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Composed: 1954; 1955
Length: c. 23 minutes
Orchestration: piccolo, 2 flutes, 2 oboes, 2 clarinets, E-flat clarinet, bass clarinet, alto saxophone, 2 bassoons, contrabassoon, 4 horns, 3 trumpets, 3 trombones, tuba, 2 timpanists, percussion (bass drum, chimes, cymbals, glockenspiel, snare drums, tam-tams, triangle, tuned drums, vibraphone, wood block, xylophone), harp, piano, and strings.

First Los Angeles Philharmonic performance: August 20, 1955, with John Green conducting

Scoring films is not for the faint of heart. Leonard Bernstein discovered as much when he tackled his one (and only) movie assignment in 1954. After initially declining the invitation to score On the Waterfront, a private screening with director Elia Kazan and Marlon Brando, lucrative financial and rights offers, and the promise of prominent billing eventually turned Bernstein around.

Waterfront tells the story of Terry Malloy (played by Brando), a dockworker who risks everything to testify against the union bosses and their corrupt stranglehold on his fellow longshoremen. It served as a fairly overt parable for the McCarthy era, which had sucked many of the film’s participants into its vortex. In February 1954, Bernstein took a hiatus from his post at Brandeis University and moved to Los Angeles, where he watched and rewatched a rough cut of the film – learning how to score a picture on the fly. He recorded the music in late April, then turned it over for mixing... and fell permanently out of love with film scoring.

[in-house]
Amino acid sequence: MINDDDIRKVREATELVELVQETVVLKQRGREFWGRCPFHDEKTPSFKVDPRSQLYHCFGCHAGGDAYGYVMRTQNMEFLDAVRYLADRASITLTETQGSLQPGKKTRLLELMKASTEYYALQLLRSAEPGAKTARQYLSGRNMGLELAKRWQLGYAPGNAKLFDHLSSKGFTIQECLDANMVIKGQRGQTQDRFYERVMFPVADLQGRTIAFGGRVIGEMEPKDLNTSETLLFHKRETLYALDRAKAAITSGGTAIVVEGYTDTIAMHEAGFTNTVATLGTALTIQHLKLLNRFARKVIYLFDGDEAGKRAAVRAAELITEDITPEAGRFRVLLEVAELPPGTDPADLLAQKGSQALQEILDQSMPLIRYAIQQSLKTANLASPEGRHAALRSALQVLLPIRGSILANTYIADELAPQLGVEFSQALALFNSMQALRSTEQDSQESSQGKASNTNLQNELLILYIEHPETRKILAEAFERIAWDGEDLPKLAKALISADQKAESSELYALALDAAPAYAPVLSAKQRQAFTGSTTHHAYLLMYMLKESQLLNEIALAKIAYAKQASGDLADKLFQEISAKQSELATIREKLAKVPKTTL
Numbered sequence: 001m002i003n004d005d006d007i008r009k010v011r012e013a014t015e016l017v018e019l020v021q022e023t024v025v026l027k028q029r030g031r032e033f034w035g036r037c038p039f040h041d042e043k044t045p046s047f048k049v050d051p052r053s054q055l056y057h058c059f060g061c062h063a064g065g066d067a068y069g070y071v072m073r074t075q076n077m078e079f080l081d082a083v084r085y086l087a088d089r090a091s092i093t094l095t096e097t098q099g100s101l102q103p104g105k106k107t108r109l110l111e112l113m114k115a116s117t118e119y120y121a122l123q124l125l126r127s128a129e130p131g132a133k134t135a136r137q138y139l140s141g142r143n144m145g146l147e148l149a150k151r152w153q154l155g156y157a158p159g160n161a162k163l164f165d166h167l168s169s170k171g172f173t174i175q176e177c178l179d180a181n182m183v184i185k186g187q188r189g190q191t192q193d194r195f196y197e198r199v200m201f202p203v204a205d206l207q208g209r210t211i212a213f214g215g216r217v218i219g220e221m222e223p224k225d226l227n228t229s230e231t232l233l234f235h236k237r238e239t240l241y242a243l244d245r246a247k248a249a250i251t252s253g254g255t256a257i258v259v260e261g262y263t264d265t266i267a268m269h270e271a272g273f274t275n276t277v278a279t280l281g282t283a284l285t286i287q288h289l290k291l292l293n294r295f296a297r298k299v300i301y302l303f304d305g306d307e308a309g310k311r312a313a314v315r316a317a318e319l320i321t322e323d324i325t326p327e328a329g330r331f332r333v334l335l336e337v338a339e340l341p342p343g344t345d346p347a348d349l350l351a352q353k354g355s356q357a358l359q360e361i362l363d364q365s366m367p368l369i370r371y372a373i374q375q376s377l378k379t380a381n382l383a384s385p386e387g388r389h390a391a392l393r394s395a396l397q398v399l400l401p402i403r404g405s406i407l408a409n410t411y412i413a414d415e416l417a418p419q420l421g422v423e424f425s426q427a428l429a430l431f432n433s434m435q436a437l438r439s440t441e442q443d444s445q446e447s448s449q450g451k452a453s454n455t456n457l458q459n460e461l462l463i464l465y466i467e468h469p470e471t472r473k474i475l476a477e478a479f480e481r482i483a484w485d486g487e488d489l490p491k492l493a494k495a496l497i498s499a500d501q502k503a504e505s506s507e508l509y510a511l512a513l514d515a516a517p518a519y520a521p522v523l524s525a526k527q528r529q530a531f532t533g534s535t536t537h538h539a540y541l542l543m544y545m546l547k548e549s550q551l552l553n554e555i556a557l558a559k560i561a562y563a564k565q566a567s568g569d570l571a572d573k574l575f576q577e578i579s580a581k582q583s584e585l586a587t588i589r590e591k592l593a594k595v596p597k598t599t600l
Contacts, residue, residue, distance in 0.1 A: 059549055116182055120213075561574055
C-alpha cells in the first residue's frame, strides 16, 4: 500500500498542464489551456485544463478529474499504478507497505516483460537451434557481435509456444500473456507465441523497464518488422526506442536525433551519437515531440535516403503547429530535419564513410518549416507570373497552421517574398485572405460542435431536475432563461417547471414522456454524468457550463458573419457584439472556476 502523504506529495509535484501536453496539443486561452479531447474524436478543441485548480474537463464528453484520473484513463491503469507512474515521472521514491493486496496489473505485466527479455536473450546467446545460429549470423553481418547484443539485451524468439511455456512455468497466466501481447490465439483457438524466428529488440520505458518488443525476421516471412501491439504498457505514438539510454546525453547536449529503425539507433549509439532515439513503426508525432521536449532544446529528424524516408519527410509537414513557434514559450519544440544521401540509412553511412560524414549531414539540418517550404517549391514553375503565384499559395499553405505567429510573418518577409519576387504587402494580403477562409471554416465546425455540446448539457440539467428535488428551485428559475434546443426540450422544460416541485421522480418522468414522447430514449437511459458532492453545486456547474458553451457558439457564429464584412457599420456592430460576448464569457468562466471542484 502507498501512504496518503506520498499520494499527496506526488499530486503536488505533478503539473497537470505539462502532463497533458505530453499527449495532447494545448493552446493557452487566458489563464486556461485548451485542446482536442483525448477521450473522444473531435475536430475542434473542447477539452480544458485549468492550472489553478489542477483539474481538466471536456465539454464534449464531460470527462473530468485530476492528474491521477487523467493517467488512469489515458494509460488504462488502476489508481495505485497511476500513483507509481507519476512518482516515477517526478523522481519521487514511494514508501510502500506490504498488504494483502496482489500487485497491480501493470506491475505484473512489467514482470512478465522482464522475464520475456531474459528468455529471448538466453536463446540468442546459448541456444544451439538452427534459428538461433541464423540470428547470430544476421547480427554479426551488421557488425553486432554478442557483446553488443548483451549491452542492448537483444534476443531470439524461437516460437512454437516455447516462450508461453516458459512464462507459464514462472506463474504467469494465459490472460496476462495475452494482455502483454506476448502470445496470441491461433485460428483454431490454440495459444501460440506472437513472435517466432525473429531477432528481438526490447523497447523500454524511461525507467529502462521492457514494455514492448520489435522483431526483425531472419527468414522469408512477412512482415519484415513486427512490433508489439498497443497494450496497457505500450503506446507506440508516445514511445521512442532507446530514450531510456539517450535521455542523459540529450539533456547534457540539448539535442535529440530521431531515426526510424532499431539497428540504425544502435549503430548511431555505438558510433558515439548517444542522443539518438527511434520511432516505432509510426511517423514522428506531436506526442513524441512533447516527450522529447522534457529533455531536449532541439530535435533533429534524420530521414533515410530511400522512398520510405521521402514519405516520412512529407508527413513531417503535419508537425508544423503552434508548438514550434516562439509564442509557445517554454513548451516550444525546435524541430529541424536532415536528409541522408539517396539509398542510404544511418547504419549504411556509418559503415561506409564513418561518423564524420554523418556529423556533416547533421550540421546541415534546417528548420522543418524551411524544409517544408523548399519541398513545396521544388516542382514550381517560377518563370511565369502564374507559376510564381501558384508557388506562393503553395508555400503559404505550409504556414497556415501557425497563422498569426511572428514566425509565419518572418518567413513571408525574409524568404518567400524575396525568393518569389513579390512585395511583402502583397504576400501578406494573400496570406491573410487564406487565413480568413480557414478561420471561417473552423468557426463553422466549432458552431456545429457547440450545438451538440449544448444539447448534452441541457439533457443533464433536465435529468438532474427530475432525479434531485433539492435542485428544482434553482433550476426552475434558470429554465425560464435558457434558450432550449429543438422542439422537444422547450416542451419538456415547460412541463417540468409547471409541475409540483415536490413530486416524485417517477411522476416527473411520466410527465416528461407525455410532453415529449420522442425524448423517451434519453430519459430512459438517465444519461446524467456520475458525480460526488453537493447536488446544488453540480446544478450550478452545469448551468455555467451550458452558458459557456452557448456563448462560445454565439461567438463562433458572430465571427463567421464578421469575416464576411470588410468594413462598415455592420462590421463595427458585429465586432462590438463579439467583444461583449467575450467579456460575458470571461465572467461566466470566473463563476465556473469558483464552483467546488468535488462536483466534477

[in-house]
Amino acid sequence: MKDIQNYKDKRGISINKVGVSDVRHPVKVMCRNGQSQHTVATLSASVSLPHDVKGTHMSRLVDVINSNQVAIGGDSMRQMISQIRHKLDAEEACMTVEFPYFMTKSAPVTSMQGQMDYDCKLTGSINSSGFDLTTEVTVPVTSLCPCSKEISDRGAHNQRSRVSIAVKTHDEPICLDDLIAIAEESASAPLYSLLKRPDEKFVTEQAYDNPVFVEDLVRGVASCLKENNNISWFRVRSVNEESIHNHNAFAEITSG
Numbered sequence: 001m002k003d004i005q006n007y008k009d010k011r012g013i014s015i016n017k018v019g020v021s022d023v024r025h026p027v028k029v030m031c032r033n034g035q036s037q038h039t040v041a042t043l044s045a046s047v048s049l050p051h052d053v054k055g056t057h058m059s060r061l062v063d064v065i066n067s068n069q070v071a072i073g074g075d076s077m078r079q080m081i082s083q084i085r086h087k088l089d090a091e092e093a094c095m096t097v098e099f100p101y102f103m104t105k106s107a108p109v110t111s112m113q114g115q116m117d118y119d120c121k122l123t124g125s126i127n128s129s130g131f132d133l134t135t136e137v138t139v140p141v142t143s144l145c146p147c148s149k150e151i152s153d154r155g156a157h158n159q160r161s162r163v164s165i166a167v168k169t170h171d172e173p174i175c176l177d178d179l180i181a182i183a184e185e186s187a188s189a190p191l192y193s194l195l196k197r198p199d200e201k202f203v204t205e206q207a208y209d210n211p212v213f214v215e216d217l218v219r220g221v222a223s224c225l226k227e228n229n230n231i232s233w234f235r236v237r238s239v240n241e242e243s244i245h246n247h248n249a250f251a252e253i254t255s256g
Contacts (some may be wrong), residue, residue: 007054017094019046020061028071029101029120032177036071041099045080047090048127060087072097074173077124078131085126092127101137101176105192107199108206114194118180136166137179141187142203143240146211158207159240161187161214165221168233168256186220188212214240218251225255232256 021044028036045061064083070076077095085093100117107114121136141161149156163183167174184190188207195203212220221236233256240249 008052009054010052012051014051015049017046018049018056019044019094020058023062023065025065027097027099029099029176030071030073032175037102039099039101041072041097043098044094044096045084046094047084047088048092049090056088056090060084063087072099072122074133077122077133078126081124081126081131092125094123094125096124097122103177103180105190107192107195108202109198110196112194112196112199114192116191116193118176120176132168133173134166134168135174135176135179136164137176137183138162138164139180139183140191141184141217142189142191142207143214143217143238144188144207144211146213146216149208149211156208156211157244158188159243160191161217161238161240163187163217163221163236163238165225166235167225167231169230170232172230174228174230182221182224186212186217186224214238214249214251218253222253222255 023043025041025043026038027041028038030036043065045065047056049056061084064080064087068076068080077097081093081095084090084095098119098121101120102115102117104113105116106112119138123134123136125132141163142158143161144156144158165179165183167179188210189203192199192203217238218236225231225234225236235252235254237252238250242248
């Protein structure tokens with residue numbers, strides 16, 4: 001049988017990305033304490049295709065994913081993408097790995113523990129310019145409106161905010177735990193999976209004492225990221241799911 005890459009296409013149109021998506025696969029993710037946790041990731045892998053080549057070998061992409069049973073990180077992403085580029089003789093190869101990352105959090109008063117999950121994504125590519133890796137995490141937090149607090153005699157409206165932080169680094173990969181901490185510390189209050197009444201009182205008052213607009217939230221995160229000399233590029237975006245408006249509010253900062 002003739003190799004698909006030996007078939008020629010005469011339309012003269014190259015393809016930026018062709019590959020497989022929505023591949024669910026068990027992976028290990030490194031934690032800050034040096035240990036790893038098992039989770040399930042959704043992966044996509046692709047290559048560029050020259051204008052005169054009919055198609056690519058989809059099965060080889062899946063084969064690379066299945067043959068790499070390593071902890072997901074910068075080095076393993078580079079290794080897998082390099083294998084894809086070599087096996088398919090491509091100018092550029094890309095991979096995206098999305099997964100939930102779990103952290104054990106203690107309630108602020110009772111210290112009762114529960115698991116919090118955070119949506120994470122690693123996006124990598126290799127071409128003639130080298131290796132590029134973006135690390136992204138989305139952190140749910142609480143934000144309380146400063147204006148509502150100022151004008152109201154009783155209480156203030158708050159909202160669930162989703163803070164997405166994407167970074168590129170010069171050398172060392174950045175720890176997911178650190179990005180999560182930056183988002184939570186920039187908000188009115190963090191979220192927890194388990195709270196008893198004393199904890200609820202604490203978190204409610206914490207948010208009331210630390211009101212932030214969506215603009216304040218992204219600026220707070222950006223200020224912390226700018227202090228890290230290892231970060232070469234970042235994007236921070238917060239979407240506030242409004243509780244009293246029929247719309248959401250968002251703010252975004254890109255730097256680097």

“I had become so involved in each detail of the score that it seemed to me perhaps the most important part of the picture,” he wrote in a New York Times piece on May 30. “I had to keep reminding myself that it really is the least important part: that a spoken line covered by music is a lost line; and by that much a loss to the picture; while a bar of music completely obliterated by speech is only a bar of music lost... I repeated this little maxim to myself like a good Coué disciple, as I found myself pleading for a beloved G-flat.”

Bernstein may have felt like he was watching his masterpiece indiscriminately molested, but the score earned one of Waterfront’s 12 Oscar nominations. (It did not win). Like Prokofiev with his Fiery Angel, Bernstein decided to salvage his hard-won music to form a concert suite, which he premiered at Tanglewood on August 11, 1955 (just nine days before the performance at the Hollywood Bowl, which was part of Bernstein’s Festival of the Americas). Like Terry Malloy, Bernstein surely could have been a contender as a film composer – but his one contribution to the field has survived handsomely on celluloid and in this cinematic concert piece.

The Suite, like the film, opens starkly with a solo French horn playing Terry’s theme – a lonely melody, masculine and tragic. Rumbling percussion announces the jazzy waterfront theme on saxophone, and violins foretell doom. Bursts of brass give way to a quick, sharp-edged melody of conflict and fear. The love theme for Terry and Edie emerges on flute, sweet and uncertain, floating around an oboe counterpoint. Piano notes ricochet above an elegiac string passage, and stray woodwinds bounce around the love theme, which blossoms with unrestrained passion (Terry’s French horn nobly soaring overhead).

Danger sets in, spiking the love theme with the threat of tragedy. From the fog Terry’s theme resumes, friendless but gaining in resolve and support from brass and then full orchestra. A frenzied ostinato is eventually overtaken by a mournful woodwind duet of the waterfront theme. The watery sounds of a vibraphone give Terry’s theme an exotic edge, and over stumbling timpani the melody rises in defiance. The love theme comes to its aid and the two intertwine, as a crashing timpani coda resolves the suite on a note of grand tension.

 

 

Tim Greiving is a film music journalist in Los Angeles. Find him at timgreiving.com.